Wildfires and the GOP: when those who want less government still want essential public services
Charles P. Pierce points out an interesting (or maybe sad? pathetic?) bit of Republican hypocrisy regarding the High Park Fire in Colorado and federal firefighters (i.e. government parasites):
I’m not sure about the rest of the country, but, contra Willard Romney, I think both Colorado and New Mexico could use some more firefighters right now. That is certainly the opinion of the Colorado congressional delegation, which has dispatched a letter to the federal government appealing for more help. The delegation includes Rep. Scott Tipton (R -3d CD), Rep. Cory Gardner (R-4th CD), Rep, Mike (Stuck In A Groove) Coffman (R-6th CD). (As it happens, Gardner’s district is the one most directly affected by the wildfires.) Needless to say, but we’ll say it anyway, all three of these folks voted for the Paul Ryan budget, which would cut the daylights out of things like federal firefighting programs, which already are pretty imperiled.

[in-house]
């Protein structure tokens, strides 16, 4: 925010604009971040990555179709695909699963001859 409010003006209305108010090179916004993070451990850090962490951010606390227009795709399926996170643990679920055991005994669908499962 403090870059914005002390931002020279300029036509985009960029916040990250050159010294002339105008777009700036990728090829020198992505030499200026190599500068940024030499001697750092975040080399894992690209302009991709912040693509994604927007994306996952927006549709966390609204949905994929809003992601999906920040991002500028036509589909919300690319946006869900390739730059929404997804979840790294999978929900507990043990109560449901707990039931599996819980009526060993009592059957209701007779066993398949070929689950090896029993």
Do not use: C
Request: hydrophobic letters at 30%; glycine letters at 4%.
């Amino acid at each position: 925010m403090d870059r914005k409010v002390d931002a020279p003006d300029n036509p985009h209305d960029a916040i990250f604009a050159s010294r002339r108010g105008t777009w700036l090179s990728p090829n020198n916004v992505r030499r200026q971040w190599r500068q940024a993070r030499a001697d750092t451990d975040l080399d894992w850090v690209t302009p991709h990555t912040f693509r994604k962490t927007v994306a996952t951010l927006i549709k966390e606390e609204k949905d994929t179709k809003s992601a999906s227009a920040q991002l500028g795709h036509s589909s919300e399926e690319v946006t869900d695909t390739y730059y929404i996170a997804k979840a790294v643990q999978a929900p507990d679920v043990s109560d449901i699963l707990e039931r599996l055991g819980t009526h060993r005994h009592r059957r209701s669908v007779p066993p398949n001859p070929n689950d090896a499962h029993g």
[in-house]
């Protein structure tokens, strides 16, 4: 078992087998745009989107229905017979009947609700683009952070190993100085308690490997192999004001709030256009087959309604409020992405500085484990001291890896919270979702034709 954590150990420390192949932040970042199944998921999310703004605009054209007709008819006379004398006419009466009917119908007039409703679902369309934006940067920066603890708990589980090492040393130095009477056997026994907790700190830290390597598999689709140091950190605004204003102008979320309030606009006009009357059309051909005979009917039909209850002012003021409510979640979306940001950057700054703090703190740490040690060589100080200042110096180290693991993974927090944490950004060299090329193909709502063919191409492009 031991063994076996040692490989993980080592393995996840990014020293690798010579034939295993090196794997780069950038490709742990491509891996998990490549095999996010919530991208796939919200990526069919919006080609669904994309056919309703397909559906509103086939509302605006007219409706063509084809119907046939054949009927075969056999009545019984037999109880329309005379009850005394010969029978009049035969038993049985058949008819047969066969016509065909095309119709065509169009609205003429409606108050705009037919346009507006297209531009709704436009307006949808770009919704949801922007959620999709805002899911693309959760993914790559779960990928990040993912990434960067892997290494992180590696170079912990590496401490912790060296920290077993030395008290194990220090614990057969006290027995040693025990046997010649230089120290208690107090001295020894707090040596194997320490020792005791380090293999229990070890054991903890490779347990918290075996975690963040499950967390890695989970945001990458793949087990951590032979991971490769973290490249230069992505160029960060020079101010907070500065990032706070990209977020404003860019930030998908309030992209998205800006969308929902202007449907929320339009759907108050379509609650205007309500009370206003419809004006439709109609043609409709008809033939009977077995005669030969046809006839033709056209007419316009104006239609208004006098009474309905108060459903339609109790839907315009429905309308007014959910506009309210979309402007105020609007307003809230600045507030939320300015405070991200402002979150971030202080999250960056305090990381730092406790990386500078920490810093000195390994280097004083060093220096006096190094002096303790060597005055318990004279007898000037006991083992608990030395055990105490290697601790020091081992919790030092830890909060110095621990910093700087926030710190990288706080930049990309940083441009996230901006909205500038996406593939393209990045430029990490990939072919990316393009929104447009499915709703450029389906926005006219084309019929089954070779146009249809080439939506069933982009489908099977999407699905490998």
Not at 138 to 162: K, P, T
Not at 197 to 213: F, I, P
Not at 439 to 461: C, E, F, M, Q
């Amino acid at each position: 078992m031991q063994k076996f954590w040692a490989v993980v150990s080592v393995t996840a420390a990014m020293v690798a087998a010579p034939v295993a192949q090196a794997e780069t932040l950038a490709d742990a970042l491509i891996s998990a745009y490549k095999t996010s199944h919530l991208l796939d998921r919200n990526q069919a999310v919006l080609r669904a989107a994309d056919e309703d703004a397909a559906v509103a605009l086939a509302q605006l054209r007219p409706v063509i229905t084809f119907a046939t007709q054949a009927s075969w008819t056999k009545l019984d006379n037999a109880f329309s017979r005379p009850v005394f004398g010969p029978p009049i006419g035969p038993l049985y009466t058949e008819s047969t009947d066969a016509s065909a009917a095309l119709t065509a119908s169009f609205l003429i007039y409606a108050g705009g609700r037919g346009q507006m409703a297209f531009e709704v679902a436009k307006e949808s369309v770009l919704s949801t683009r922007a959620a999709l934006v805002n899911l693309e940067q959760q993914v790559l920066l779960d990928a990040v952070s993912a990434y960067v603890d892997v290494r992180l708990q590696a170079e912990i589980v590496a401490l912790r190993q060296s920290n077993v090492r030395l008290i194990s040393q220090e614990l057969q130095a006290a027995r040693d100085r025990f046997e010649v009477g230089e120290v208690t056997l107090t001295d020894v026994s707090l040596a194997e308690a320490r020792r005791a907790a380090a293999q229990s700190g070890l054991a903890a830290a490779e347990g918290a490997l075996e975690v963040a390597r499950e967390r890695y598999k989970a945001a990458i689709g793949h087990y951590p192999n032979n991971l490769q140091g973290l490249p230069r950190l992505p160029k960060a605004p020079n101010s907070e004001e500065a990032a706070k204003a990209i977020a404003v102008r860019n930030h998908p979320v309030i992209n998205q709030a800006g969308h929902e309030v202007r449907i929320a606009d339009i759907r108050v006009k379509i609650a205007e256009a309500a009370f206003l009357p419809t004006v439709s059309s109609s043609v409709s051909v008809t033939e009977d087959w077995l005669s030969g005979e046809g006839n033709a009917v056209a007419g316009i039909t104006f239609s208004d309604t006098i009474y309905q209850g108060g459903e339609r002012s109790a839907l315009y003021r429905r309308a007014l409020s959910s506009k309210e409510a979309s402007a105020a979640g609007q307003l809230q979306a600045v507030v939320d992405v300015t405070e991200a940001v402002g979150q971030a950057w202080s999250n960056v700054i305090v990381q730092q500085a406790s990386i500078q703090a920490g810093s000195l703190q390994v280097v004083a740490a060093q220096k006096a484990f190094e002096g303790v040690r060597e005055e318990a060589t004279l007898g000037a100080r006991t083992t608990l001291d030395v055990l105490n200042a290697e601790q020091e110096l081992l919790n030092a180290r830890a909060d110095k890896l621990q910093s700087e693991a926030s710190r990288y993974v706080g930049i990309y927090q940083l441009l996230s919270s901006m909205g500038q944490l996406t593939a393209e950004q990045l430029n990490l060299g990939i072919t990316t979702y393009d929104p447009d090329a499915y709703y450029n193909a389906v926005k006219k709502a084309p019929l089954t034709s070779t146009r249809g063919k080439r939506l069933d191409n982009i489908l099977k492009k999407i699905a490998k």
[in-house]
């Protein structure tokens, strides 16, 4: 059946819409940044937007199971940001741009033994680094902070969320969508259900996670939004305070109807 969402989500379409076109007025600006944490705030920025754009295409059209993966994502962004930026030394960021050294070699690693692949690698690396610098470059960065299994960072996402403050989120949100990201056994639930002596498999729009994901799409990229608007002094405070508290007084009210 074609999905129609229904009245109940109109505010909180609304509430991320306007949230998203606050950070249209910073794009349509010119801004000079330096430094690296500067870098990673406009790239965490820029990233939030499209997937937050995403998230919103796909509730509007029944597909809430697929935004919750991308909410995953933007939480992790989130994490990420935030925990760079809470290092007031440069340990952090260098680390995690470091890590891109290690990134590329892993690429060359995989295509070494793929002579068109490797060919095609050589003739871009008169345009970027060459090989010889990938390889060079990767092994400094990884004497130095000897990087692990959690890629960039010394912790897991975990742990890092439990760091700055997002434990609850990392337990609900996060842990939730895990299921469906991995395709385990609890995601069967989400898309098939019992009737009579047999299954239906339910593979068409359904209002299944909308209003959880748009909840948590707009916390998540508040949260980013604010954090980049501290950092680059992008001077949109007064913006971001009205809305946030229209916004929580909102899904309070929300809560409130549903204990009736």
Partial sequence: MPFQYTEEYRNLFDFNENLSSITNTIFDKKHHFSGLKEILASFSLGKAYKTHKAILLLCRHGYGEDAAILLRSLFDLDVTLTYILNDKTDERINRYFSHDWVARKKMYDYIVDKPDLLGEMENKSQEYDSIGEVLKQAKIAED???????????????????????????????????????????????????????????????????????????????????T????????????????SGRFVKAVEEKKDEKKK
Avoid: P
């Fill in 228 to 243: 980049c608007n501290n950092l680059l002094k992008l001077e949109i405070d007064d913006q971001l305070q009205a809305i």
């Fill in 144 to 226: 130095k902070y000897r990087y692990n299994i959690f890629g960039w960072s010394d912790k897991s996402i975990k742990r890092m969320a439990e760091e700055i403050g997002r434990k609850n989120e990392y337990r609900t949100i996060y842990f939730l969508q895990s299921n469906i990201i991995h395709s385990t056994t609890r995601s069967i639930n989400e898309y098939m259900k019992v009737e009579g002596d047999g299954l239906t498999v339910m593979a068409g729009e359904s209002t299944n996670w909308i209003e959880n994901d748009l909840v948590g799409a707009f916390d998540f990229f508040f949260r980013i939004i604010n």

Maybe the Republican delegation from Colorado should discuss their concerns with Paul Ryan or Mitt Romney — let their party leaders explain why it’s a good idea to have fewer firefighters? Especially Romney, who has a long history of hating on firefighters:
Mitt Romney came under fire this weekend from Democrats after he suggested that we shouldn’t hire more firefighters. Then top Romney surrogate John Sununu, the former governor of New Hampshire, doubled down on Romney’s firefighter comments today, telling MSNBC they were not a “gaffe.” This is hardly the first time the presumed GOP nominee has tangled with firefighters. In fact, he has a long, bitter history with them. As governor of Massachusetts, Romney often ended up sparring with firefighters and their unions. He proposed stripping collective bargaining rights for firefighters and police officers in a city that needed a state bailout, and cut funding to a fire station to be built on the site where six firemen died. He also proposed tripling the state police budget to deal with homeland security concerns in the years after 9/11, but didn’t offer a dime for firefighters, angering many at the time.